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Santa Rosa Island is the second largest of the Channel Islands of California at 53,195 acres (215.27 km² or 83.118 sq mi). Defined by the United States Census Bureau as Block 3009, Block Group 3, Census Tract 29.10 of Santa Barbara County, California, the 2000 census showed an official population of 2 persons. It is part of Channel Islands National Park. Highest peak is Vail Peak, at 1,589 feet (484 m).
It is occupied by rolling hills, deep canyons, a coastal lagoon and beaches adorned with sand dunes and driftwood. The Chumash, a Native American people who lived in the Channel Islands at the time of European contact, called the driftwood wima because channel currents brought ashore logs from which they built tomols (plank canoes).
There are a variety of recreational activities to take part in on Santa Rosa Island, including kayaking, camping and hiking. A private boat charter company offers a number of trips to the island year round, and camping reservations can be made through Channel Islands National Park offices in Ventura, CA.
A year round charter flight service is available from Camarillo Airport for hikers and campers to Santa Rosa Island.
During the last ice age, the four northern Channel Islands, including Santa Rosa Island, were conjoined into Santa Rosae, a single island that was only five miles (8 km) off the coast. In 1960, archaeologists discovered the remains of 13,000 year-old Arlington Springs Man, among the oldest human remains in the Americas, on the island. Pygmy mammoths (Mammuthus exilis) have also been excavated there.
Governor Manuel Micheltorena made a Mexican land grant of the island of Santa Rosa to brothers José Antonio Carrillo and Carlos Antonio Carrillo in 1843. They gave the island to Carlos daughters, Manuela Carrillo de Jones and Francisca Carrillo de Thompson. Their husbands - John Coffin Jones (1796–1861) and Alpheus Basil Thompson (1795–1869) - entered into a partnership to manage the island. A claim was filed with the Public Land Commission in 1852, but the grant was not patented to Manuela Carrillo de Jones and Francisca Carrillo de Thompson until 1871. The acrimonious Thompson-Jones partnership ended in 1859, and by 1862 T. Wallace More owned the whole island. The island was used as a sheep ranch during the late 19th century by the More family.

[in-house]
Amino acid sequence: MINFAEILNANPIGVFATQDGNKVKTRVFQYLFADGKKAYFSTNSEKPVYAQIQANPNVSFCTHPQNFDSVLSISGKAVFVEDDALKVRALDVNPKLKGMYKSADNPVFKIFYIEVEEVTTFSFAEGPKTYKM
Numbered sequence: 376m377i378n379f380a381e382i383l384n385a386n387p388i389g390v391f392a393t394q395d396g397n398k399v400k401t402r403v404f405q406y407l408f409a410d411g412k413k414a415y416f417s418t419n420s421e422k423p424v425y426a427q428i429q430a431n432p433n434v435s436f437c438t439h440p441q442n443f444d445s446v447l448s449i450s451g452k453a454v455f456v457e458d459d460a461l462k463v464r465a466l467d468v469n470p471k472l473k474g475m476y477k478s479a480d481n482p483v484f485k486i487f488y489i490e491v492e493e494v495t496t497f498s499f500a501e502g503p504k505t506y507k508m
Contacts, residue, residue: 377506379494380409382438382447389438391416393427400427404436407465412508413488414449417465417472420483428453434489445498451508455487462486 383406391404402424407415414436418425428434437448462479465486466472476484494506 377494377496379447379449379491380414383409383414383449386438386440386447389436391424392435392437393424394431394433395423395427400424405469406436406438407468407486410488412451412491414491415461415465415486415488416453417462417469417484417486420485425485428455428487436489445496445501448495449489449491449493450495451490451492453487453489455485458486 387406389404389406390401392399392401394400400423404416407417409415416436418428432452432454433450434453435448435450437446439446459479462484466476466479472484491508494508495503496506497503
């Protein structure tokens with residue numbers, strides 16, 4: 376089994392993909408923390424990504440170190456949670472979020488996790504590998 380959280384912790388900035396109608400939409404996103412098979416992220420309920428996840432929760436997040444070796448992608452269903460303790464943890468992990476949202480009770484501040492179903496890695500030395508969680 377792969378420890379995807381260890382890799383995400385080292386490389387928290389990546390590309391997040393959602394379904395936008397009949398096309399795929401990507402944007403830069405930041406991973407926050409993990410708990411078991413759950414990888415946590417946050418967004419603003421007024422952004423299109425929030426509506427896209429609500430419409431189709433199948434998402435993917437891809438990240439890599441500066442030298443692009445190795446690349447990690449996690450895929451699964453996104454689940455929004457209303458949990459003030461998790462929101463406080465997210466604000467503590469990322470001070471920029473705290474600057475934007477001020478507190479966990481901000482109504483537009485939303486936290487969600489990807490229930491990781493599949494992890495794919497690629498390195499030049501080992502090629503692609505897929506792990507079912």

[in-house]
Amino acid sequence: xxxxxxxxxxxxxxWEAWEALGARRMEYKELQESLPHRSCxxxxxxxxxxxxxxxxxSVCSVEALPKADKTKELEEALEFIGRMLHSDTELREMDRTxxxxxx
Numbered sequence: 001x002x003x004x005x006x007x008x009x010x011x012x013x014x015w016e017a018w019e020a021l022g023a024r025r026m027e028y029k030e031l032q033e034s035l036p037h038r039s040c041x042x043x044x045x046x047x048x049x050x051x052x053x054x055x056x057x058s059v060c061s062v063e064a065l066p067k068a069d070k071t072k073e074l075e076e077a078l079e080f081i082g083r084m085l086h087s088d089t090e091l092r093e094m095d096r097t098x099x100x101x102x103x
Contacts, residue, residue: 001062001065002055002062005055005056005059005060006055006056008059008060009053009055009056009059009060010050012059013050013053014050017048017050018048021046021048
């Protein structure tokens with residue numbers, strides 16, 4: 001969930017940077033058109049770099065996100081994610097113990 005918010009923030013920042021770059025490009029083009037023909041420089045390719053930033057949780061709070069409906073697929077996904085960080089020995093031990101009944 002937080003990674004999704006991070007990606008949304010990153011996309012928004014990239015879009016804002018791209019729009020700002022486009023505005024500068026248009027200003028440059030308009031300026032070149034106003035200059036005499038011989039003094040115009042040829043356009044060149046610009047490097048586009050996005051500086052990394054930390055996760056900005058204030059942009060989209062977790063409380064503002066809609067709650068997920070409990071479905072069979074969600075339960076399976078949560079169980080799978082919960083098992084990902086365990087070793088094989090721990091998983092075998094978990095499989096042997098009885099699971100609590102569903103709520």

The More family sold the island to Walter L Vail and J.W. Vickers in 1902, forming the Vail & Vickers Company of Santa Barbara. The partnership used the island for cattle ranching and a private hunting reserve.
In the late 1970s Mobil Oil Corporation was granted exploration rights on the island. Both explosive and vibroseis exploration methods were used. Extensive surveys and geological maps were made at that time.
In 1980, Santa Rosa Island was included within Channel Islands National Park over the objections of Vail & Vickers, which then successfully lobbied to have the legislation stipulate that purchase of their land would be the highest priority of the Channel Islands National Park. Vail & Vickers sold the island in 1986 for the appraised value of nearly $30 million, which worked out to around $550 per acre. The sale agreement allowed continuation of the ranching and hunting operation for 3 months. Subsequently, the NPS issued a series of five-year renewable special use permits. A lawsuit by the National Parks Conservation Association in 1996 resulted in a court-approved settlement agreement which included removal of all cattle from the island and phased reduction by Vail & Vickers of the non-native deer and elk by 2011.
In 2006 U.S. Representative Duncan Hunter (R-CA) introduced a provision into the annual defense policy bill that would allow disabled veterans to continue hunting elk on the island past 2011, without the consent of Vail & Vickers or the National Park Service. The provision stayed in the bill and was signed into law by President George W. Bush. This legislation was repealed by the next Congress as part of the FY 2007 Omnibus appropriations bill, also signed into law by President George W. Bush.
A variety of the Torrey Pine (Pinus torreyana var. insularis) grows on the island. The population of this endangered species is estimated at approximately 1000 trees. The Island Oak (Quercus tomentella) is native to the island.
Flightless geese, giant mice and pygmy mammoths are extinct, while the island fox, spotted skunk, and munchkin dudleya (Dudleya gnoma) (one of the six endemic plant species on the island) still live there. The island is home to one of only three known populations of Hoffman's rockcress.
Its surrounding waters serve as an invaluable nursery for the sea life that feeds larger marine mammals and seabirds. Great White Sharks are fairly common in the northern Channel Islands (especially San Miguel and Santa Rosa) and feed on the abundant marine mammals
Santa Rosa Island has a temperate marine climate. In winter, frosts are almost unknown, and in summer cool fogs make heat waves rare. Most of the rain falls from November to March. Annual precipitation totals are about 15 inches on the coast to almost 20 inches on the higher slopes. Summers are dry except for fog drizzle.
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